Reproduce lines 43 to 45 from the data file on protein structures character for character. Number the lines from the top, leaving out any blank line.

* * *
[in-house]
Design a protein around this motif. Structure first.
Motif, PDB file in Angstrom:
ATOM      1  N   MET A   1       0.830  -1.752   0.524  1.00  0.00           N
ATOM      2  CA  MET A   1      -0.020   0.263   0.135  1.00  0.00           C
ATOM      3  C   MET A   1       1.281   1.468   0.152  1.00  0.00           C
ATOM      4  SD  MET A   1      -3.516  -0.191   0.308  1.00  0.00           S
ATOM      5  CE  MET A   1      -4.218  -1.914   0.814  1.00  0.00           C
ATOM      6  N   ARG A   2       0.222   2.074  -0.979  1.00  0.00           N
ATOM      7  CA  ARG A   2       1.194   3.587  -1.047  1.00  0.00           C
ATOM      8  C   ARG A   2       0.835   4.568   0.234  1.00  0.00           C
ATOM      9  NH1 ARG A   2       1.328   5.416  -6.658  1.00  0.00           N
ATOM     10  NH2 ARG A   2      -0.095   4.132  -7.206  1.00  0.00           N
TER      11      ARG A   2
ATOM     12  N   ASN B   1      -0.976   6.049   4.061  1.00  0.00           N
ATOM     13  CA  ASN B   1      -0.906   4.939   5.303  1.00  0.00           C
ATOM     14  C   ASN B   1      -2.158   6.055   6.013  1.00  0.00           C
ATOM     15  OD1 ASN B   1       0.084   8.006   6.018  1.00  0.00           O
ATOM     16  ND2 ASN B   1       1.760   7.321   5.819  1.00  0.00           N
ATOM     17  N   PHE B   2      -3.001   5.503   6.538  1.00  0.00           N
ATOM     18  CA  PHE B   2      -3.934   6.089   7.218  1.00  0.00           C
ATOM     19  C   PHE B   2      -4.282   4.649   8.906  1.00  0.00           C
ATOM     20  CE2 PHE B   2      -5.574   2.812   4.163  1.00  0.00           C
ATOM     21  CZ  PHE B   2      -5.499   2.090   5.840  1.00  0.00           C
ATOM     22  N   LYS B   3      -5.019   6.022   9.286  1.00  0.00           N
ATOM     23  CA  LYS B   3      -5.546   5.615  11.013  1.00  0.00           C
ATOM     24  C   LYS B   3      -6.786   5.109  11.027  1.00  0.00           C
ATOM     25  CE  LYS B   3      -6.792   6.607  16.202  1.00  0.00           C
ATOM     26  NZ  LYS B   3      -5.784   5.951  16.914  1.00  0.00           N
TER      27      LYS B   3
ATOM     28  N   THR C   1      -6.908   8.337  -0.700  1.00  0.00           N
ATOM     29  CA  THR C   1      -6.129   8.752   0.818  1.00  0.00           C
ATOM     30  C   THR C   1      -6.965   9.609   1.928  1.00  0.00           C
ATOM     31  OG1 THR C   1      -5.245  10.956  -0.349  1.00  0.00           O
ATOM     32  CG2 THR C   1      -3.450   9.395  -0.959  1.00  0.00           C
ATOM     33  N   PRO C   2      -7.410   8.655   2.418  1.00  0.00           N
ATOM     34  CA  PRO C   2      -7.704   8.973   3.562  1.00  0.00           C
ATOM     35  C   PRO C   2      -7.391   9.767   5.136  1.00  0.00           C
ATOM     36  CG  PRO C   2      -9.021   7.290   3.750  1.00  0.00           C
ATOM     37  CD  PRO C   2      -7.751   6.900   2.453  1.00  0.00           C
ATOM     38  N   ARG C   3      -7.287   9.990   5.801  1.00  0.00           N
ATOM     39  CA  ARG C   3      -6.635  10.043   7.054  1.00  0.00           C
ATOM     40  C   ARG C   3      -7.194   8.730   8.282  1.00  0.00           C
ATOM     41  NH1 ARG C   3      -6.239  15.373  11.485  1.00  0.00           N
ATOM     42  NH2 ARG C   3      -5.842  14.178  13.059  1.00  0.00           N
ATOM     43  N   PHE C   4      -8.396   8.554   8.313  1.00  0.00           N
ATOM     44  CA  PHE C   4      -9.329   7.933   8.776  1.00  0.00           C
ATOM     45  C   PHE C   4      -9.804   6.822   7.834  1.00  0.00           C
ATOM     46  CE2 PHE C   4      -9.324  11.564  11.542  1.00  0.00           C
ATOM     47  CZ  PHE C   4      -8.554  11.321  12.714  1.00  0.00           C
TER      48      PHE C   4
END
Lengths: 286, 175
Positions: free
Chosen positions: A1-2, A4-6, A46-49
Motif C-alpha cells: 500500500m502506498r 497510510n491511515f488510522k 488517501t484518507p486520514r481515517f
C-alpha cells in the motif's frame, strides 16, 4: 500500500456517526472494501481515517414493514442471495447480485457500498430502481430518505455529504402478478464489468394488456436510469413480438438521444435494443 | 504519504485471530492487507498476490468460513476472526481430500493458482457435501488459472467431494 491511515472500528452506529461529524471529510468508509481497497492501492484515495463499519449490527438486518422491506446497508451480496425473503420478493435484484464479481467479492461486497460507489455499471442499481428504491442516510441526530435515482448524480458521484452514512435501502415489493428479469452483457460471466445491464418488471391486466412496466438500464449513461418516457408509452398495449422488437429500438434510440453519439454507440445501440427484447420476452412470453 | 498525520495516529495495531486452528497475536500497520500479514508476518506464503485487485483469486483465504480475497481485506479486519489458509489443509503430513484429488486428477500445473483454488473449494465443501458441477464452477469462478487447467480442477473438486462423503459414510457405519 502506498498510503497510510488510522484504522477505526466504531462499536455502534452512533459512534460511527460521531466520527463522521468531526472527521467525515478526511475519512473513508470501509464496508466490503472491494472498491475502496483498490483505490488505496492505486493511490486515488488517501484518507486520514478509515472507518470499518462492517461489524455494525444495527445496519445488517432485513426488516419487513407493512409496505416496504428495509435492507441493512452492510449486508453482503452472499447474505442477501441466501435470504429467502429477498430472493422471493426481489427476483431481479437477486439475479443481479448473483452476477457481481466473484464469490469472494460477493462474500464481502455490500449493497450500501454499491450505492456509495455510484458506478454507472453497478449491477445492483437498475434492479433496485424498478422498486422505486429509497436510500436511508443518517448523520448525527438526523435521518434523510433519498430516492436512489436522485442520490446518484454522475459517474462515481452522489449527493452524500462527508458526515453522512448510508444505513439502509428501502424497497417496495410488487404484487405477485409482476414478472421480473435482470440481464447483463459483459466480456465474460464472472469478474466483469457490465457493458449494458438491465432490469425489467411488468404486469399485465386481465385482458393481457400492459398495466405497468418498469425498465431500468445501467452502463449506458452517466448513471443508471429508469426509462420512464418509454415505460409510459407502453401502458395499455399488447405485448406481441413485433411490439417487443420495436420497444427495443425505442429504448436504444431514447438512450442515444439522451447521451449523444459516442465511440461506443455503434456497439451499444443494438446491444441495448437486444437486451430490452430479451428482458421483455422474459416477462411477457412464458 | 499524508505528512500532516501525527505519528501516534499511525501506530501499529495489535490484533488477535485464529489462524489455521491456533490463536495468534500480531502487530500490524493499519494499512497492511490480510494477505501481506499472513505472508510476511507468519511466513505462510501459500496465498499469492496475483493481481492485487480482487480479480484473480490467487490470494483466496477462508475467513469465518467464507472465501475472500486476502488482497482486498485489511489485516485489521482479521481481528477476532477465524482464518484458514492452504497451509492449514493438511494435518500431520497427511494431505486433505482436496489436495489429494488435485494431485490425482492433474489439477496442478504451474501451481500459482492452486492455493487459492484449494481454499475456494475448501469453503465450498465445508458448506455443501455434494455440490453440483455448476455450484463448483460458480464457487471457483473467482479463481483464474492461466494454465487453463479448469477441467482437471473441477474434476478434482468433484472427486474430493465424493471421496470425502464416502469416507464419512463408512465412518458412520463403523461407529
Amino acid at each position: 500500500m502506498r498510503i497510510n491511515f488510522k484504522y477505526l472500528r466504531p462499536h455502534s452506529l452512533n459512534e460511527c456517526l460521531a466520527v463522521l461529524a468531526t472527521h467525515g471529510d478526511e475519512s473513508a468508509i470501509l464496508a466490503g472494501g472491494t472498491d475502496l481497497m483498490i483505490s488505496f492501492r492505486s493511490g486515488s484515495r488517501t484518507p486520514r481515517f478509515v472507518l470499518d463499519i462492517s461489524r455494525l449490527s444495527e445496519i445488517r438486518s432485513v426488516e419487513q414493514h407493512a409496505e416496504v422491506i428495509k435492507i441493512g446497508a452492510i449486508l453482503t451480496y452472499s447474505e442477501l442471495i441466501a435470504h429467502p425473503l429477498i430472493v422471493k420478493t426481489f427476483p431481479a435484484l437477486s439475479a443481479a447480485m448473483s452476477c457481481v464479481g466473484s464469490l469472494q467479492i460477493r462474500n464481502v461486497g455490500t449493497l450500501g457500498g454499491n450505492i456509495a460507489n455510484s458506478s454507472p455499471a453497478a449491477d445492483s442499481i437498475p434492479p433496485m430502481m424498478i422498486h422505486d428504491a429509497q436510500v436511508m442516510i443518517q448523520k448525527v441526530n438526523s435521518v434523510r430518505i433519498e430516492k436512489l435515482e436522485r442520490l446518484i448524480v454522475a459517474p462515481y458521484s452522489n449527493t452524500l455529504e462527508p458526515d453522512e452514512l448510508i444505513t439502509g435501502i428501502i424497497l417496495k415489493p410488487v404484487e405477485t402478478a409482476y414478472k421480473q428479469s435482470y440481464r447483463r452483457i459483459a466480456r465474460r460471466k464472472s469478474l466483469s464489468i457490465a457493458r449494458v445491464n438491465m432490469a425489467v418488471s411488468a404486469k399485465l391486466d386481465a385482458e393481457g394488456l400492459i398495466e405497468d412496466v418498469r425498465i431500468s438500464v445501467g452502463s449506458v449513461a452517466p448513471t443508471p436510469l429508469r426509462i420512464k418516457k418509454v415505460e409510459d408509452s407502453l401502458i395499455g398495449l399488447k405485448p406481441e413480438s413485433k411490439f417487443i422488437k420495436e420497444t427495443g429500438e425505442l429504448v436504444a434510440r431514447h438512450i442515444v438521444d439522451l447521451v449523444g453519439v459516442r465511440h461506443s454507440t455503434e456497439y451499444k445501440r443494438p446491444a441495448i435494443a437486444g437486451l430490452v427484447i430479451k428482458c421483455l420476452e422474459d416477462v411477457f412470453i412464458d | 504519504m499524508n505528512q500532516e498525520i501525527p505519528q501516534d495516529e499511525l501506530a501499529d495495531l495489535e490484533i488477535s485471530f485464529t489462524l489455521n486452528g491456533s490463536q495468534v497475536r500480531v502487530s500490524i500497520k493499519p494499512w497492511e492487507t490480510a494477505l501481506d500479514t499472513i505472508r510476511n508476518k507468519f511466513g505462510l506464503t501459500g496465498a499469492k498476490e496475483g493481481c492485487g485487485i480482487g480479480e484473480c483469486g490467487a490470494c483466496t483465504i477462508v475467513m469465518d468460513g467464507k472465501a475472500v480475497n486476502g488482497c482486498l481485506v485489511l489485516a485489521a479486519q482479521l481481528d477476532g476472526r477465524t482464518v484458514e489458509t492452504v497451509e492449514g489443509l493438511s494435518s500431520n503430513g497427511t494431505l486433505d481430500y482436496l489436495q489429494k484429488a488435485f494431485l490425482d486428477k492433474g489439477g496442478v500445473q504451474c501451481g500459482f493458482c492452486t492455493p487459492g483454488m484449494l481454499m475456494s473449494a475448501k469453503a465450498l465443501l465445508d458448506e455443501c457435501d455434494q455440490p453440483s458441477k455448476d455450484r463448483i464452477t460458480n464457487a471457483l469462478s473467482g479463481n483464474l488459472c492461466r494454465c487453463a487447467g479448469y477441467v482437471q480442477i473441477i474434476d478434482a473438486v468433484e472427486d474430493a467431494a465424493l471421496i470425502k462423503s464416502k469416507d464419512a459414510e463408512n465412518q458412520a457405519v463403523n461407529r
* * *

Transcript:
ATOM     40  C   ARG C   3      -7.194   8.730   8.282  1.00  0.00           C
ATOM     41  NH1 ARG C   3      -6.239  15.373  11.485  1.00  0.00           N
ATOM     42  NH2 ARG C   3      -5.842  14.178  13.059  1.00  0.00           N